History

History of the Evangelical Christian Church

The Evangelical Christian Church in England , as a mainstream Stone-Campbell Restoration Movement, traces its historic roots to the formal organization of the Christian Church in 1804 under the leadership of Barton Warren Stone (1772-1844), a former Presbyterian minister. The Barton-Stone Movement later merged with the efforts of Thomas Campbell (1763-1854) and his son Alexander Campbell (1788-1866) to become the Restoration Movement that gave birth to the Churches of Christ (Non-Instrumental), the Christian Churches and Churches of Christ, the Christian Church (Disciples of Christ), and The Christian Connection.

The emphasis on religious freedom became strong enough that Barton Stone avoided any man-made ecclesiastical traditions that resulted in a movement that was “largely without dogma, form or structure”, committing only to a primitive Christianity. This movement sought to restore the whole Christian church and the unification of all Christians in a single body patterned after the church of the New Testament. In a nutshell, it was believed that the church had departed from the New Testament preaching and teaching of the gospel of the Kingdom of God. On June  28, 1804, they adopted the “Christian Movement” to identify their group with Barton Stone, based on its use in Acts 11:26 which became the remnants of the Springfield Presbytery. Of the majority of independent churches that aligned with the “Disciples Movement” which identified with the Campbell's group, decided to use the name the “Christian Disciples”, until it was renamed The Evangelical Christian Church in 1860.

The Evangelical Christian Church , as a restructured group within the Restoration Movement tradition made significant contributions to evangelical Christianity by becoming a Fundamentalist movement of the 21st century that has a position that is conservative theologically, and focused throughout England, United States and world-wide on radical biblical congregationalism, and traditional Christian Church thinking with a unique contemporary approach. This movement sought to end the divisiveness that had arisen within denominational differences, while appealing to all Christians to disassociate from the lunacy of denominationalism and religion, and return to Kingdom principles. Barton Stone's concept of unity grew from a belief that Christians could extract the Bible's truths by reason of the scriptures, they approached it without presuppositions. These truths, in turn would displace human forms of order, leading to the unstoppable result that Christians would start “flowing together” and others would come to faith because of the biblical model of unity. Both groups were opposed to the use of creeds as tests of faith for membership, and believed that a simple confession and acceptance of Jesus Christ as Lord and Saviour was sufficient to unite all Christians around the world as Kingdom citizens.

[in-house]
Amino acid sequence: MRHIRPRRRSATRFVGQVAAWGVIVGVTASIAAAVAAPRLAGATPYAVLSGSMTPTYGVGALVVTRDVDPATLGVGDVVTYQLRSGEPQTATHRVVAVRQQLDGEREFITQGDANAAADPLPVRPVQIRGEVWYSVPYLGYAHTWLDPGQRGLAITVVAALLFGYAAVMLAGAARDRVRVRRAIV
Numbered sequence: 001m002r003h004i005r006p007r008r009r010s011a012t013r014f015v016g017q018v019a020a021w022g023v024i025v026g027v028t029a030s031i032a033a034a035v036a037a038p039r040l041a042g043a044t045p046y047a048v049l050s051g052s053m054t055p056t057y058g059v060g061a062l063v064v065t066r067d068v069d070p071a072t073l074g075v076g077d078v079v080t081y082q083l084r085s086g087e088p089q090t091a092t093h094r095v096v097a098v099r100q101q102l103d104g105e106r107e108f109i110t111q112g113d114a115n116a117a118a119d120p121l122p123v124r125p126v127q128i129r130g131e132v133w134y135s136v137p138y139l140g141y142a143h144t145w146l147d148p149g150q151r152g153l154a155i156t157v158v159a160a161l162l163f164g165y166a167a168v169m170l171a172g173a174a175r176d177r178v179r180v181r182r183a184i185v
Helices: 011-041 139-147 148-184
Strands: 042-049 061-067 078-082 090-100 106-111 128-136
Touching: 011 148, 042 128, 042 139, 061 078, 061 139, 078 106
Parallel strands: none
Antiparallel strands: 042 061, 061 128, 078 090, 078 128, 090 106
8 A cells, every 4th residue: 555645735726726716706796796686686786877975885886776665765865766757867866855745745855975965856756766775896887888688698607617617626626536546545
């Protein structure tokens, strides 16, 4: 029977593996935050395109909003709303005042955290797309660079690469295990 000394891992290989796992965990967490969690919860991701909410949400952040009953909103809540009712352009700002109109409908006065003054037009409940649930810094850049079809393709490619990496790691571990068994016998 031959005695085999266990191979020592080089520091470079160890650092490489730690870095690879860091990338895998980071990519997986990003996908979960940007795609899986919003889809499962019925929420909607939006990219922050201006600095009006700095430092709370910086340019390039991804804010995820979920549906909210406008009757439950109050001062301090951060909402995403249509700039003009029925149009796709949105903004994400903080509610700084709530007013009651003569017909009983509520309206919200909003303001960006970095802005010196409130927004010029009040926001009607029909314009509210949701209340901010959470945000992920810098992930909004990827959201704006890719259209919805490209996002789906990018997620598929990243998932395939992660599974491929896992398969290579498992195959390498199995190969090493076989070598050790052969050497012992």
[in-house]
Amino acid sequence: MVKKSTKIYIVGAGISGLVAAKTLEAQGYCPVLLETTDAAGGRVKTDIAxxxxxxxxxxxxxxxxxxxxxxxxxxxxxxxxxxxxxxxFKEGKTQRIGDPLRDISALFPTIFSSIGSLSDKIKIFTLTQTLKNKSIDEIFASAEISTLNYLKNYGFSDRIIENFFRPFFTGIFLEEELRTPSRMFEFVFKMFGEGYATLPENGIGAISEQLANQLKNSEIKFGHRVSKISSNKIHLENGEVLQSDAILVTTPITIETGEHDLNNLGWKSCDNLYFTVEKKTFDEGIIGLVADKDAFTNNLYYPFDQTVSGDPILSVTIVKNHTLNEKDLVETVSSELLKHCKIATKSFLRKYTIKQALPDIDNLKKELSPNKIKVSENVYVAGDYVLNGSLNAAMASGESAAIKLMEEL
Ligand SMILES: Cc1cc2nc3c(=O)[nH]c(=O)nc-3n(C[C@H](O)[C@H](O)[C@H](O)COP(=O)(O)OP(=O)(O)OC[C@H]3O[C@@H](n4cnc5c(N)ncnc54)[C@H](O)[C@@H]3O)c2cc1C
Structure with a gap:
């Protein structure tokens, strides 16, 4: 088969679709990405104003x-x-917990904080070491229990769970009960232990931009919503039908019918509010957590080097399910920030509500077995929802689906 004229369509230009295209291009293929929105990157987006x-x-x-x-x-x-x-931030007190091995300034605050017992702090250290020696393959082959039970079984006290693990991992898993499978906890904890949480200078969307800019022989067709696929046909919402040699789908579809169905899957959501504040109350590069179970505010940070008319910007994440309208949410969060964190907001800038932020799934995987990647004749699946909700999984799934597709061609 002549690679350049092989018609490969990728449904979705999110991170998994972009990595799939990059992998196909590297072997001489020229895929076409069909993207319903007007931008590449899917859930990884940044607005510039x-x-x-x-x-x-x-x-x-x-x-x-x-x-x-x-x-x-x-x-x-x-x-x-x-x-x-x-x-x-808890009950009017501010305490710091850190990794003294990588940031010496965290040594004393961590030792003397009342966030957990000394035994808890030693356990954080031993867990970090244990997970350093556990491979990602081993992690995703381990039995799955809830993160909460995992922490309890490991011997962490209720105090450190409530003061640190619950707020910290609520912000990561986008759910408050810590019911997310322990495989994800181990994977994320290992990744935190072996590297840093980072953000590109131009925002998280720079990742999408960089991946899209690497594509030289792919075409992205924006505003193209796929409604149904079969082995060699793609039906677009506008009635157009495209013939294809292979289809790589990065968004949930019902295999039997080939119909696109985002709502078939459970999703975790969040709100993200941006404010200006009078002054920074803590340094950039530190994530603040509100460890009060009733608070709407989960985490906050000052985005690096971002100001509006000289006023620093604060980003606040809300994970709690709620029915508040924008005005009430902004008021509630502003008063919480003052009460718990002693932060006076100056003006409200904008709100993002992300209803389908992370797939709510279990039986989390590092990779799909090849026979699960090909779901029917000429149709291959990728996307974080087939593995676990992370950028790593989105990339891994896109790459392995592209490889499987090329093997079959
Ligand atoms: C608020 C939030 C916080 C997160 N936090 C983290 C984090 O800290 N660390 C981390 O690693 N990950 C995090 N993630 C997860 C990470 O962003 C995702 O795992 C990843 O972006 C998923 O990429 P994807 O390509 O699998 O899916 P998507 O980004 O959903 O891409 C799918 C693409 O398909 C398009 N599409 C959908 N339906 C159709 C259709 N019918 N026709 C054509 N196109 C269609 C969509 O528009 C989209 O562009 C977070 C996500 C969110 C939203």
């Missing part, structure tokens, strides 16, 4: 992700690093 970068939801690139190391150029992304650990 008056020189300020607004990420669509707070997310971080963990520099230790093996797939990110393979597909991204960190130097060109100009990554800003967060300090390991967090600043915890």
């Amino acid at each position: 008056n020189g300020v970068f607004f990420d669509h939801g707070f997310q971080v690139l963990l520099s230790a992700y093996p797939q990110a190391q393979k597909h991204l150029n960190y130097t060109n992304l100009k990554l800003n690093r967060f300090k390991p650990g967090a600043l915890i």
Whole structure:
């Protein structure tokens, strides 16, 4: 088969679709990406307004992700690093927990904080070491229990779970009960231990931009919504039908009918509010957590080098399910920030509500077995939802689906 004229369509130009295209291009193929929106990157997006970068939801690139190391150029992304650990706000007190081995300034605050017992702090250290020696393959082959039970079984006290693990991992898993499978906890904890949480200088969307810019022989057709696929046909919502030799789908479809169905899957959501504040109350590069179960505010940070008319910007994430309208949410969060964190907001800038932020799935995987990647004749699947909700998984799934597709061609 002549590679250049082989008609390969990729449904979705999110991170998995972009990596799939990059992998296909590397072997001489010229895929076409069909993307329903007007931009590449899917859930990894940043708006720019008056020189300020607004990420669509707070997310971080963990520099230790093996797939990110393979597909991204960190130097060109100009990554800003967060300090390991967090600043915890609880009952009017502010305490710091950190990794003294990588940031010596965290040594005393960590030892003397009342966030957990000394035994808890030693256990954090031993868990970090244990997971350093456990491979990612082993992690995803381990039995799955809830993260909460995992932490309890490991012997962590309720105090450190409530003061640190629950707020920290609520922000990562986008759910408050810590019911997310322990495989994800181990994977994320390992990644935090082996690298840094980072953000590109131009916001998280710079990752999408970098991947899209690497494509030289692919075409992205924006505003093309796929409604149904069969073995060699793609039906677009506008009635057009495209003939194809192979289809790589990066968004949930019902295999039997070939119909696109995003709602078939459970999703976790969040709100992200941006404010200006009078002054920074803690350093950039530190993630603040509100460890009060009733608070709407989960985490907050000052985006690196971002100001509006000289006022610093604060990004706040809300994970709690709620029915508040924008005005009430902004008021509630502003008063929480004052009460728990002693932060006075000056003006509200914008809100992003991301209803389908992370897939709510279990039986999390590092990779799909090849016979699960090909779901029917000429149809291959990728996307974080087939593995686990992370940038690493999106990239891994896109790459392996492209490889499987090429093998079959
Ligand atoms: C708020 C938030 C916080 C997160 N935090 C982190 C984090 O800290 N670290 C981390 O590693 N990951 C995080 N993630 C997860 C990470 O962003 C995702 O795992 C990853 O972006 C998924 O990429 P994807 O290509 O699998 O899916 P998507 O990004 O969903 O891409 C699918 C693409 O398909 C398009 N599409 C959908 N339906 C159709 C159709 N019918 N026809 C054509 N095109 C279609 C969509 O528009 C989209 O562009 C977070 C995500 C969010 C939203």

The Evangelical Christian Church, also known as the Christian Church or (Christians), became the Stone-Campbell Movement of early nineteenth-century , that based its Biblical mission on the Great Commission found in the gospel of Matthew chapter 28, verses 18 and 19, “All authority in heaven and on earth has been given to me. Go therefore and make disciples of all nations, baptizing them in the name of the Father and the Son and of the Holy Spirit, teaching them to observe all that I have commanded you.” This group looked to the whole Bible to discover practices and Kingdom principles that united the early church in substance.